Ruby asked for Wes Wise
Tonahill then made sure that a Wes Wise-Jack Ruby connection was presented to the jury for consideration:
He would be there
Tonahill appeared to continue to defend Ruby’s interests, and at this point drew attention to the fact that as witnessed by Hallmark, Ruby told whoever he was talking to that “He would be there”. Then inexplicably he changed the subject to making change for a $10 bill. But the gist of the testimony appeared to show that Jack was scouting the Dallas Police Department on Main and Houston attempting to find out exactly when the Oswald transfer from City Hall to the County Jail at the DPD would take place. With his connections in the DPD, he would have been able to find out and transmit the information to Wise, especially if there was some kind of delay as seen here:
The Dallas Police Department, however, was ready for anything Hallmark might have said to involve Wise with Ruby. This very rare letter from Detective L.D. Stringfellow to Captain Gannaway speaks for itself and was written two weeks before the trial. It also established the Wise-Ruby encounter at 1:00 PM!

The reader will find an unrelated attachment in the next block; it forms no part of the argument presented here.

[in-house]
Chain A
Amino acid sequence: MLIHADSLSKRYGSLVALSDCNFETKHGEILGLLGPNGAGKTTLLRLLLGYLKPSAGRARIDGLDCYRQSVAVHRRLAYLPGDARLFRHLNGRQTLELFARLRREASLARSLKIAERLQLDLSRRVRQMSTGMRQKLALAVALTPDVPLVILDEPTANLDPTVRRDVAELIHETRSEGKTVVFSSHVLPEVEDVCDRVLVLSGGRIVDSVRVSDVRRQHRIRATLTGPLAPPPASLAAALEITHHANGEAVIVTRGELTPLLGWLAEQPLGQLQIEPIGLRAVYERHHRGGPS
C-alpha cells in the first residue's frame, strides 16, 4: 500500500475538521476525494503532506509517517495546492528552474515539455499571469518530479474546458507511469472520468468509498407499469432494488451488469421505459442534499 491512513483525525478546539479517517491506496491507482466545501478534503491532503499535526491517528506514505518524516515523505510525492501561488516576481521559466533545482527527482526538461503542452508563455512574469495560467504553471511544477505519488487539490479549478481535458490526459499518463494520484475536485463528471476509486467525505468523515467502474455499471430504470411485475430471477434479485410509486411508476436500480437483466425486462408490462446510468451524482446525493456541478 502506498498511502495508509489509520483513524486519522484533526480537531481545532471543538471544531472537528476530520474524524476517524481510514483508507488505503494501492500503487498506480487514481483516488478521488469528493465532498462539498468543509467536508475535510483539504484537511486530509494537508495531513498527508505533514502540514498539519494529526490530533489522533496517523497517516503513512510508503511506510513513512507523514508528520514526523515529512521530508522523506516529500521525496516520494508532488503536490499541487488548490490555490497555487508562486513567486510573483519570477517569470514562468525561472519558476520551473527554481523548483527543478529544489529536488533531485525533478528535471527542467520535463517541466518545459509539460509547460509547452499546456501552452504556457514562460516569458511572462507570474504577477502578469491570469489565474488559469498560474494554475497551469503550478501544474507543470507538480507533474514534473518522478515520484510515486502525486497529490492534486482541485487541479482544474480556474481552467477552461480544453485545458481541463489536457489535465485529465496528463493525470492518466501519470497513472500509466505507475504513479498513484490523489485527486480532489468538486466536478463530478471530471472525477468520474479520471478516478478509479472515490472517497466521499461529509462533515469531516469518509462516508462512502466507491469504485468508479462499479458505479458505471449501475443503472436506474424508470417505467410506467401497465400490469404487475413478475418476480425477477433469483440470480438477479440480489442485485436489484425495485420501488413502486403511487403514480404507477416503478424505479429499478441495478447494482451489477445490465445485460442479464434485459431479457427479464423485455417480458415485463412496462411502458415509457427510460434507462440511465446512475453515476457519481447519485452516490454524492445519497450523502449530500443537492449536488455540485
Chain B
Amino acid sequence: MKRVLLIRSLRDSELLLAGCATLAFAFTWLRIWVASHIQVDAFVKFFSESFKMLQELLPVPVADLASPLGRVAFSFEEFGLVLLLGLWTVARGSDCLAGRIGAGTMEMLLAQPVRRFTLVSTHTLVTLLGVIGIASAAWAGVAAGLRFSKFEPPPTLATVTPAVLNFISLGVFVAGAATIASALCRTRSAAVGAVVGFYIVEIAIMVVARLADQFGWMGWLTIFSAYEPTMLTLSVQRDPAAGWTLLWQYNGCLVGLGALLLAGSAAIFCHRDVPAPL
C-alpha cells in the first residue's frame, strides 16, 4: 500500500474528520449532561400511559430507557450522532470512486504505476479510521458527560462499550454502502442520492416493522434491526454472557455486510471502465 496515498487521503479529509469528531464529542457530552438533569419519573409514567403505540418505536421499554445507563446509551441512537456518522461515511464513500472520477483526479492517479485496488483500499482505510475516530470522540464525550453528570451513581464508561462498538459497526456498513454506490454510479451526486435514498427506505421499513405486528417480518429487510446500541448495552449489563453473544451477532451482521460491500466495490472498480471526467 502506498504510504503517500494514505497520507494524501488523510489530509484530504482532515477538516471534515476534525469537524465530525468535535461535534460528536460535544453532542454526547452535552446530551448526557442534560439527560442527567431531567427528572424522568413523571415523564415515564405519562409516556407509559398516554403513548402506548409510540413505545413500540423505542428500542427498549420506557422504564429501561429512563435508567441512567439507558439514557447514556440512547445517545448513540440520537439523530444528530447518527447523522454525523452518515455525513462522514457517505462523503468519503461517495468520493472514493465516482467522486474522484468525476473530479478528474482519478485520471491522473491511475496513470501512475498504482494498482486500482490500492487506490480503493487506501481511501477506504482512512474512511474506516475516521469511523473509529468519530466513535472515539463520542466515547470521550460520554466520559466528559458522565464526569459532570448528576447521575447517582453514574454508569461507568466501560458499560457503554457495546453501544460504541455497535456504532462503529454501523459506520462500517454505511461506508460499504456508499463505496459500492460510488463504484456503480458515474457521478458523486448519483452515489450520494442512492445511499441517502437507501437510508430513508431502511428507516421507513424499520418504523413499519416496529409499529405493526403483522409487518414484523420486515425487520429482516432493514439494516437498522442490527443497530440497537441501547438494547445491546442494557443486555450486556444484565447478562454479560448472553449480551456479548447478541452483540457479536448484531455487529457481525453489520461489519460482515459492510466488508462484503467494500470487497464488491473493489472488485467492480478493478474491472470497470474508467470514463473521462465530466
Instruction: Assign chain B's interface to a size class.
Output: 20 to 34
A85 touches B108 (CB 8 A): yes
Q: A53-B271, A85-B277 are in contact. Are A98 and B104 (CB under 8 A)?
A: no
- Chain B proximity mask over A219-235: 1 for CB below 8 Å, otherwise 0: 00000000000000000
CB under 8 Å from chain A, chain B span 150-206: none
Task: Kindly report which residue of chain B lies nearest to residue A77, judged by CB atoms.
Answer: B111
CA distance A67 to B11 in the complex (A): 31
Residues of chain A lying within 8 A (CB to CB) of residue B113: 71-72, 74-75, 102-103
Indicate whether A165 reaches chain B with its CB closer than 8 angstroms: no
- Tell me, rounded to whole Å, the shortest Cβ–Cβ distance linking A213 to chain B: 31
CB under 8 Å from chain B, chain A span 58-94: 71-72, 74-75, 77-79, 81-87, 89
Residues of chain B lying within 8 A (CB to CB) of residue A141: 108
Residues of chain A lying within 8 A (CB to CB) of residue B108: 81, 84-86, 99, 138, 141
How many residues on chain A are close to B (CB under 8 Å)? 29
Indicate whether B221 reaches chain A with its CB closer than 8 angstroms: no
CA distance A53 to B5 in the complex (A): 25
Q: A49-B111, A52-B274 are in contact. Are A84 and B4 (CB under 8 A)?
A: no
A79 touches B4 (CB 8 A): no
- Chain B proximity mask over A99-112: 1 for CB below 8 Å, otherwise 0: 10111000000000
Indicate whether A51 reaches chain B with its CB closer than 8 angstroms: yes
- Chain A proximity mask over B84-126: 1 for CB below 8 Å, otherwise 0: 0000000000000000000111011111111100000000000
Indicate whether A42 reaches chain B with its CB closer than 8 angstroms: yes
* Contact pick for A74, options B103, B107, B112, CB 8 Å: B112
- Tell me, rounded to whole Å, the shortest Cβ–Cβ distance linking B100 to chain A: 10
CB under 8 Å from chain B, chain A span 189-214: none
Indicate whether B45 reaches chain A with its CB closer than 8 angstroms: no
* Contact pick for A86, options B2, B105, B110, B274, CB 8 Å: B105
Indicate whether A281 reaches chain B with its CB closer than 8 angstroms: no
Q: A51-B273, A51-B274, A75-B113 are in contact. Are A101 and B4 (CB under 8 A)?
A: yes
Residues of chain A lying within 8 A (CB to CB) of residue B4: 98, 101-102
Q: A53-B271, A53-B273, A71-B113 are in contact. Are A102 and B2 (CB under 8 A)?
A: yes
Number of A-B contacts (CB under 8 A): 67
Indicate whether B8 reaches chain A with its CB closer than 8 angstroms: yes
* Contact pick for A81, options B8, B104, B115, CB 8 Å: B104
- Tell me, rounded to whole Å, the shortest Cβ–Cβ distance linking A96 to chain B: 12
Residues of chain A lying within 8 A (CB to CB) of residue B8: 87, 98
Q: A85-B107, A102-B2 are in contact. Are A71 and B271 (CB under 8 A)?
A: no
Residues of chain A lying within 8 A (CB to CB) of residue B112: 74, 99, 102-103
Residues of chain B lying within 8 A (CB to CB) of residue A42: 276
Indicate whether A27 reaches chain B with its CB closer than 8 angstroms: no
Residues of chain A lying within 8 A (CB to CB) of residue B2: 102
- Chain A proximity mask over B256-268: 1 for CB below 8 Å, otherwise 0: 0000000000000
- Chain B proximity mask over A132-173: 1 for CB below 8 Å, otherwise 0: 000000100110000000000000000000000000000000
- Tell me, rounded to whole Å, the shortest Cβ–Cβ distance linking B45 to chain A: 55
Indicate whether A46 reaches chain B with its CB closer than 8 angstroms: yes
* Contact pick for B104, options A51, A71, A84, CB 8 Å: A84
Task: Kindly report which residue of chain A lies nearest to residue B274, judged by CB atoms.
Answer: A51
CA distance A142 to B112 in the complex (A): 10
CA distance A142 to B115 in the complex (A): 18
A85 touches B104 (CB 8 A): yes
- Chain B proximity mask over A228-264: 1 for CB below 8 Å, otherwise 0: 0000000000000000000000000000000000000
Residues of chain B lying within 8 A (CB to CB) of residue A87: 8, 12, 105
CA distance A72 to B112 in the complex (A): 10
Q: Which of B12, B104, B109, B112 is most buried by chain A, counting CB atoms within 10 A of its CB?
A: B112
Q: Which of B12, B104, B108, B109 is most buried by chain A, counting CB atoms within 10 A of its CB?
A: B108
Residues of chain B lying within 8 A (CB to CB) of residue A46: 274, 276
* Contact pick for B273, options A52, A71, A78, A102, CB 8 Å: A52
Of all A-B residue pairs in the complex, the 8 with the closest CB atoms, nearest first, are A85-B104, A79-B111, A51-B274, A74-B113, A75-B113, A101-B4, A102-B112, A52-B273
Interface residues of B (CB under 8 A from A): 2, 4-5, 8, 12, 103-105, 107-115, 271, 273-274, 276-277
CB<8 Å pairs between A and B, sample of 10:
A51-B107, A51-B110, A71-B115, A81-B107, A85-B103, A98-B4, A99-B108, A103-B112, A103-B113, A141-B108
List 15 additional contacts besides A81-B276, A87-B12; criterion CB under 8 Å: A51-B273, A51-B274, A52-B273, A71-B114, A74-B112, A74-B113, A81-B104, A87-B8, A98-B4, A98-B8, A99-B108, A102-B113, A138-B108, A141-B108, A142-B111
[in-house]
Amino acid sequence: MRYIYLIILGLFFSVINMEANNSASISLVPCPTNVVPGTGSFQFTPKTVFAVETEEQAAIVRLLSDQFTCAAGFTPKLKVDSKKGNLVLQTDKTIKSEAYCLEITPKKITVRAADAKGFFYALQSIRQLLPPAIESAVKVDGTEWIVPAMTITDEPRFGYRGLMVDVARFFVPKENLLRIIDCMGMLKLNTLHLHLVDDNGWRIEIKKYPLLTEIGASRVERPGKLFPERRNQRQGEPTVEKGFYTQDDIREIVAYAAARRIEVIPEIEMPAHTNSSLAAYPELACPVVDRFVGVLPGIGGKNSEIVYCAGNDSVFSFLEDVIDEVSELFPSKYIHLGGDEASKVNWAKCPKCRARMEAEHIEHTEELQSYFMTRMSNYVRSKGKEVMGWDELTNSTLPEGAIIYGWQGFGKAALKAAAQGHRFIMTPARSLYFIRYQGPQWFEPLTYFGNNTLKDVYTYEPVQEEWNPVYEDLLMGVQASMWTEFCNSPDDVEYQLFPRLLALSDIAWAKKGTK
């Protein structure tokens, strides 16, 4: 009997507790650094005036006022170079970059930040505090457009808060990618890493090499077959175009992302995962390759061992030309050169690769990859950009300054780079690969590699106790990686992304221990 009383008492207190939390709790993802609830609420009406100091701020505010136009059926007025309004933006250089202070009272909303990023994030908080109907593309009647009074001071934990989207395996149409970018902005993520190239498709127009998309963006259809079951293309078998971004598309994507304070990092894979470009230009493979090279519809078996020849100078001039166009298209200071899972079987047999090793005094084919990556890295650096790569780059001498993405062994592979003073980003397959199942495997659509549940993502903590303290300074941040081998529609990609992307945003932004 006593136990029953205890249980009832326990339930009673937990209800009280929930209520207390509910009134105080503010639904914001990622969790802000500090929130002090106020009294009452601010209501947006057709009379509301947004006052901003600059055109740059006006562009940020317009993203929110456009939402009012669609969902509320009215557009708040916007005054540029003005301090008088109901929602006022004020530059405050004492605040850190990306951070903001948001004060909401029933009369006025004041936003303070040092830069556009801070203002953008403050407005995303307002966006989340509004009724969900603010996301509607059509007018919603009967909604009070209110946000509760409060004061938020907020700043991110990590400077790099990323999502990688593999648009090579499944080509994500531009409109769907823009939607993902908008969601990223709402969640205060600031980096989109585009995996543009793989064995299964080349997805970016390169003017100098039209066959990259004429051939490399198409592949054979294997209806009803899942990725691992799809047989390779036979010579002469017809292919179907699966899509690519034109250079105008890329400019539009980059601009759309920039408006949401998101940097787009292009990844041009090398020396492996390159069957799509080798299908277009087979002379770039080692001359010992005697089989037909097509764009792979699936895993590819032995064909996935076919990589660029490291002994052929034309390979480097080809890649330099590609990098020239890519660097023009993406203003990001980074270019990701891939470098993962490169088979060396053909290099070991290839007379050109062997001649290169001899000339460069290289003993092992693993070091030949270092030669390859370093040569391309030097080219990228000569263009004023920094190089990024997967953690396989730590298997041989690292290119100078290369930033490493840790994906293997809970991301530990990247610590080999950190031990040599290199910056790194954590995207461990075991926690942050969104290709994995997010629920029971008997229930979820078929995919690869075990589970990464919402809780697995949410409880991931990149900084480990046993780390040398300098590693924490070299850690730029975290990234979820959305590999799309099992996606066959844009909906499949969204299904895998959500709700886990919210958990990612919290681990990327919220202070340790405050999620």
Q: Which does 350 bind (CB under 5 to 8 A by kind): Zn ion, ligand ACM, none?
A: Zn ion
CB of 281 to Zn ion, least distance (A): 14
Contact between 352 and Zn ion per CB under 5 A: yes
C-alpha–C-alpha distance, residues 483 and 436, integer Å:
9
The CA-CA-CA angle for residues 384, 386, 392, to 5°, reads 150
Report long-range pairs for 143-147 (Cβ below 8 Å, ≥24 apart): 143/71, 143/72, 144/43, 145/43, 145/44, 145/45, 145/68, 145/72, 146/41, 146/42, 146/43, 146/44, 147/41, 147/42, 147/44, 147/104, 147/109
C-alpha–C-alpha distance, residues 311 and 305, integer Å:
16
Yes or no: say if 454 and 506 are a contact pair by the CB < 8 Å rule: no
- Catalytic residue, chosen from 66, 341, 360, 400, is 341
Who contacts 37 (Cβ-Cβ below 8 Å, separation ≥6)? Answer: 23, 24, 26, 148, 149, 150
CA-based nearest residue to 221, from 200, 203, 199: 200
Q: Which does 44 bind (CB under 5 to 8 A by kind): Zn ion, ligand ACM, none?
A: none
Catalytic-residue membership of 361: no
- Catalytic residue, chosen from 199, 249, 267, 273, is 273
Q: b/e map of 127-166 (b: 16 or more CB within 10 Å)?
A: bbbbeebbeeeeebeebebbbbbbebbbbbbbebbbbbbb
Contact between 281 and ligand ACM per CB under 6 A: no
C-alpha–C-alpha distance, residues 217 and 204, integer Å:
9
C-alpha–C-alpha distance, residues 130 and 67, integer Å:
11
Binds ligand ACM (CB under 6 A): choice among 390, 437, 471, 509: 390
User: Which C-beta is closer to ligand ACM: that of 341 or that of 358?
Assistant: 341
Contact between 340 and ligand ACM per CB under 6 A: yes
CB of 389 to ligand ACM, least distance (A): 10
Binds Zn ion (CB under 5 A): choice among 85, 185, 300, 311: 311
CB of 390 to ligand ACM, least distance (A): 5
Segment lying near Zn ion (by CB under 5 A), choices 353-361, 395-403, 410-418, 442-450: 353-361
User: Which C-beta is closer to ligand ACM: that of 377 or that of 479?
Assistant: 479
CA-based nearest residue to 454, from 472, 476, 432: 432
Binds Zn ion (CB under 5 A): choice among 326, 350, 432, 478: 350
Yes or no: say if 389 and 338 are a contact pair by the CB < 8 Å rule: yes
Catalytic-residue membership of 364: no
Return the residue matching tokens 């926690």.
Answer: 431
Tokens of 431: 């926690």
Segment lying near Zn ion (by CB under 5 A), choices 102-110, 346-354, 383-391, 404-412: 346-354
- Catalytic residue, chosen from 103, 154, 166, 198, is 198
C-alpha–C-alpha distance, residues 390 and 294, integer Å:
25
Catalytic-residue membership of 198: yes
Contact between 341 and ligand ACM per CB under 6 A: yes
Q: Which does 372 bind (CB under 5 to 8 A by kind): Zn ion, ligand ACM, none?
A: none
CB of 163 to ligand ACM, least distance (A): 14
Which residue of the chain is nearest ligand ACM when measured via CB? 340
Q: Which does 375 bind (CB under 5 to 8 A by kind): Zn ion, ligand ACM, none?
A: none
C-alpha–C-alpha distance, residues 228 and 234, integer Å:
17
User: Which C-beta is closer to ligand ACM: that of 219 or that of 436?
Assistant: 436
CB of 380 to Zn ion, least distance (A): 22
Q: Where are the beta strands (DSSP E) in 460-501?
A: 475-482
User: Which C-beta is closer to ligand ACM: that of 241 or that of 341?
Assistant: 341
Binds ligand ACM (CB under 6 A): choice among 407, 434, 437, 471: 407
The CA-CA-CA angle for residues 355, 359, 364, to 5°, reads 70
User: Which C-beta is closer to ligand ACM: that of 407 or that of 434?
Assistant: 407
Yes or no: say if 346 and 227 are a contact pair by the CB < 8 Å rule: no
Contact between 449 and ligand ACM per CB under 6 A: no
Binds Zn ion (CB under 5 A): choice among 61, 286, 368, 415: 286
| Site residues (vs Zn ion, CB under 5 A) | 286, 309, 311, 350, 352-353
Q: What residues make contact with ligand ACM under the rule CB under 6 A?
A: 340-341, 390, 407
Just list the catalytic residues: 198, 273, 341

The letter attempted to change history by discrediting Hallmark’s Wise-Ruby connection before it came up in court. To Hallmark’s credit, he never deviated and testified the truth about the conversation they had from his place of business at 2:50 PM on 23 November 1963.
Enter Wes Wise
A little background on Wes Wise regarding the JFK assassination. On 22 November, future mayor of Dallas Wes Wise was involved in a curious second Oswald shell game reported by James Douglass in “JFK and the Unspeakable” (pg 284-286)
Bringing news sportscaster Wes Wise into this was a no-no that had to be rectified. When Wise testified, he made sure to portray Ruby as a news “groupie” who just wanted to be seen with important people. The encounter which had been documented to have been at 1:00 PM by Detective Stringfellow, was now changed to 3:00 PM by Bill Alexander, apparently to compete with the 2:50 PM time set by Hallmark above. Here is a portion of his testimony: